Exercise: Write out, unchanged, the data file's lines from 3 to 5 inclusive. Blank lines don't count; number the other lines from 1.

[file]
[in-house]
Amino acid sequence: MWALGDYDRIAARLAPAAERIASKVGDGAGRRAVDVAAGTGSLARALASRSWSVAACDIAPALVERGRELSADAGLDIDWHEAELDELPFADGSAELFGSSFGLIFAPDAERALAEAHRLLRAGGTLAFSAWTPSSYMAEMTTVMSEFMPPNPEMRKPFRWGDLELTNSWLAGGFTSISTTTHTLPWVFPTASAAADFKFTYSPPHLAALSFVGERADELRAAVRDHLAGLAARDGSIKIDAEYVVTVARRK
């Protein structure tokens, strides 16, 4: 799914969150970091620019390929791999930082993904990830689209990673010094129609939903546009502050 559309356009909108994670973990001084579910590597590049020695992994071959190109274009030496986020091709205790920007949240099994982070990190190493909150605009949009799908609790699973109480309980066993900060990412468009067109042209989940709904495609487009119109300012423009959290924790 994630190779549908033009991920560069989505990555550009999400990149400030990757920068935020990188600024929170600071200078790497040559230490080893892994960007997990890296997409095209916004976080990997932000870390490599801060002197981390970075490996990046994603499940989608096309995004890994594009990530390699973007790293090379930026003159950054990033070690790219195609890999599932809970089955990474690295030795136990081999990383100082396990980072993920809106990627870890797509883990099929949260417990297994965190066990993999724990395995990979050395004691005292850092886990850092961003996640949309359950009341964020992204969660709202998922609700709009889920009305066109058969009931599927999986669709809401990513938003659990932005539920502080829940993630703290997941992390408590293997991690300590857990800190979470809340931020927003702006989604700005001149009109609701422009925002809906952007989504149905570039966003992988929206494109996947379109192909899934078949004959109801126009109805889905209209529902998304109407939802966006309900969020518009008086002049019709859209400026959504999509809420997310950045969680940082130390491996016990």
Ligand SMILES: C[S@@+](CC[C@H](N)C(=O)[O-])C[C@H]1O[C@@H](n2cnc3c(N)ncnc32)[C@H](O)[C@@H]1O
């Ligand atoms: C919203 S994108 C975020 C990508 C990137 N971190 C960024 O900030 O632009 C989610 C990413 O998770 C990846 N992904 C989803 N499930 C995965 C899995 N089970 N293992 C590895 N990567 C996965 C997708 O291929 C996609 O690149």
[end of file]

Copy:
């Protein structure tokens, strides 16, 4: 799914969150970091620019390929791999930082993904990830689209990673010094129609939903546009502050 559309356009909108994670973990001084579910590597590049020695992994071959190109274009030496986020091709205790920007949240099994982070990190190493909150605009949009799908609790699973109480309980066993900060990412468009067109042209989940709904495609487009119109300012423009959290924790 994630190779549908033009991920560069989505990555550009999400990149400030990757920068935020990188600024929170600071200078790497040559230490080893892994960007997990890296997409095209916004976080990997932000870390490599801060002197981390970075490996990046994603499940989608096309995004890994594009990530390699973007790293090379930026003159950054990033070690790219195609890999599932809970089955990474690295030795136990081999990383100082396990980072993920809106990627870890797509883990099929949260417990297994965190066990993999724990395995990979050395004691005292850092886990850092961003996640949309359950009341964020992204969660709202998922609700709009889920009305066109058969009931599927999986669709809401990513938003659990932005539920502080829940993630703290997941992390408590293997991690300590857990800190979470809340931020927003702006989604700005001149009109609701422009925002809906952007989504149905570039966003992988929206494109996947379109192909899934078949004959109801126009109805889905209209529902998304109407939802966006309900969020518009008086002049019709859209400026959504999509809420997310950045969680940082130390491996016990």
Ligand SMILES: C[S@@+](CC[C@H](N)C(=O)[O-])C[C@H]1O[C@@H](n2cnc3c(N)ncnc32)[C@H](O)[C@@H]1O
């Ligand atoms: C919203 S994108 C975020 C990508 C990137 N971190 C960024 O900030 O632009 C989610 C990413 O998770 C990846 N992904 C989803 N499930 C995965 C899995 N089970 N293992 C590895 N990567 C996965 C997708 O291929 C996609 O690149």